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Three decades have passed since then-NASA scientist James Hansen testified before the Senate Energy committee and alerted the country to the arrival of global warming.

Expand chart
Data: NASA's Goddard Institute for Space Studies; Graphic: Harry Stevens/Axios

Why it matters: The predictions of the world's leading climate scientists have come true, with dire consequence for the planet.

  • In the 30-year period prior to Hansen’s testimony, the Earth’s surface was, on average, less than 0.2°F warmer than the 20th-century average. In the 30 years since, the planet’s surface has, on average, undergone a six-fold temperature increase.
  • Hansen's temperature projections weren't exactly on target, since he projected a slightly higher amount of warming than what has occurred, but about two-dozen climate scientists told Axios that overall, his main conclusions were right.

Sign up for Axios newsletters to get our smart brevity delivered to your inbox every morning. 

In his June 23, 1988 testimony, Hansen made three key points:

  1. The Earth has gotten warmer.
  2. So warm, in fact, that the temperature trend was almost certainly due to the greenhouse effect, which is enhanced by emissions of gases like carbon dioxide and methane from burning fossil fuels.
  3. As a result, summer heat waves and other extreme weather events will become more common.

"The greenhouse effect has been detected, and it is changing our climate now,” Hansen said. When he spoke, 1988 was on track to become the hottest year of all-time. Since then, that record has been broken six more times – in 1990, 1998, 2010, 2014, 2015 and 2016.

  • In an interview with the Guardian this week, Hansen gave a bleak assessment of the last thirty years. “All we’ve done is agree there’s a problem,” he said. “We haven’t acknowledged what is required to solve it.”

Be smart: Uncertainty is often cited as a reason for not addressing climate change, but the longer we go without addressing it, the harder it will be to cut emissions and avert major impacts.

  • As Andrea Dutton, a climate scientist at the University of Florida, told Axios:
"The true debate lies in the solutions and in mobilizing the social and political will to act upon our knowledge.  Deciding not to act is a choice itself, and one that we cannot correct later.  The time to act is always now.  Because the longer we wait, the worse the outcomes will be."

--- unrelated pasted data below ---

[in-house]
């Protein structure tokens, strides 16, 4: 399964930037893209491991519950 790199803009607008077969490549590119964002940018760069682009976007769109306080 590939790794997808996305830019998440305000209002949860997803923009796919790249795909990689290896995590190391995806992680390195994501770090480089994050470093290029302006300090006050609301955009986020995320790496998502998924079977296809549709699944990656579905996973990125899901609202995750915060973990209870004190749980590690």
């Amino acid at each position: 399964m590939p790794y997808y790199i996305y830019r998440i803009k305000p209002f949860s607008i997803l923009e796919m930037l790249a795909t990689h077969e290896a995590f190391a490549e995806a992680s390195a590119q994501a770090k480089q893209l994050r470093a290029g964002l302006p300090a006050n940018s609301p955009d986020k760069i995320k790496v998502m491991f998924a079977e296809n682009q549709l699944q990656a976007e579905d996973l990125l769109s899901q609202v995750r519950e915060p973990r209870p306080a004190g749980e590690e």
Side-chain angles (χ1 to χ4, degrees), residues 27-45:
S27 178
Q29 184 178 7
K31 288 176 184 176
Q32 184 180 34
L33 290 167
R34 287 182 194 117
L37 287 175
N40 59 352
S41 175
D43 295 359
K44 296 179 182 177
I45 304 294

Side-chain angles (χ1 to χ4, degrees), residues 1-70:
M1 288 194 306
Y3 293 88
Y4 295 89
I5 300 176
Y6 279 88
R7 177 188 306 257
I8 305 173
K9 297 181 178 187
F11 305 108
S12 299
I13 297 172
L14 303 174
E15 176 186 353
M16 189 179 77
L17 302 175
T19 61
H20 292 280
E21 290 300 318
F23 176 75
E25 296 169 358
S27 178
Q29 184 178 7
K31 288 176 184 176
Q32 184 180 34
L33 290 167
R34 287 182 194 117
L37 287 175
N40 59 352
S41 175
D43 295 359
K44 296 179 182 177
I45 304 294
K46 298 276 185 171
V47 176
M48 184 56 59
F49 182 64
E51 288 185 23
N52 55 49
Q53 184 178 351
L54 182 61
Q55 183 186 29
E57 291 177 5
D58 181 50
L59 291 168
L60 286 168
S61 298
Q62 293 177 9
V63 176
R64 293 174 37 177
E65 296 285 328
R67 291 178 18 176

About the graphic:

  • The spinning globes compare the average temperature of the Earth's surface during the 30-year periods before and after Hansen's testimony, relative to the average surface temperature from 1901–2000.
  • The data used to create the graphic was downloaded from NASA's Goddard Institute for Space Studies. The land surface temperature data is from a GISS analysis, while the ocean temperature data comes from NOAA. The smoothing radius was set to 1,200 kilometers.

Take a Deep Dive on the issue of climate change:

Editor's note: This deep dive was first published in June of 2018. Axios science editor Andrew Freedman contributed reporting.

Go deeper

13 mins ago - Sports

U.S. swimmer Ryan Murphy causes stir with doping comments

Bronze medallist Britain's Luke Greenbank, gold medallist Russia's Evgeny Rylov and silver medallist USA's Ryan Murphy pose with their medals after the final of the men's 200m backstroke. Photo: Jonathan Nackstrand /AFP via Getty Images

U.S. swimmer Ryan Murphy raised questions about the presence of doping in swimming following a second-place finish in the men's 200-meter backstroke on Thursday.

Driving the news: Murphy, who won gold in the 200-meter backstroke race in Rio, said following his race: "At the end of the day, I do believe there’s doping in swimming. That is what it is."

Key inflation measure grew slower than expected in June

Illustration: Sarah Grillo/Axios

The price of goods and services rose 0.4% in June, slower than the 0.5% growth during May, according to the core personal consumption expenditures (PCE) price index released Friday morning. The June reading was lower than the consensus expectation for 0.6% growth.

Why it matters: The core PCE is the inflation measure the Federal Reserve watches most closely. June's reading is the second month in a row of decelerated price growth, giving the Fed breathing room to design a pullback strategy from its emergency market support.

2 hours ago - Health

Internal CDC presentation warns: "The war has changed"

Graphic: CDC via The Washington Post

Unpublished research indicates that the Delta variant causes more severe illness and spreads as easily as chickenpox, and that vaccinated people may transmit the strain as easily as those who are unvaccinated, according to an internal CDC presentation obtained by WashPost.

Why it matters: The data played a key role in the CDC's decision to tell vaccinated people to resume masking indoors, with the presentation calling on health officials to "acknowledge the war has changed," The Post reports.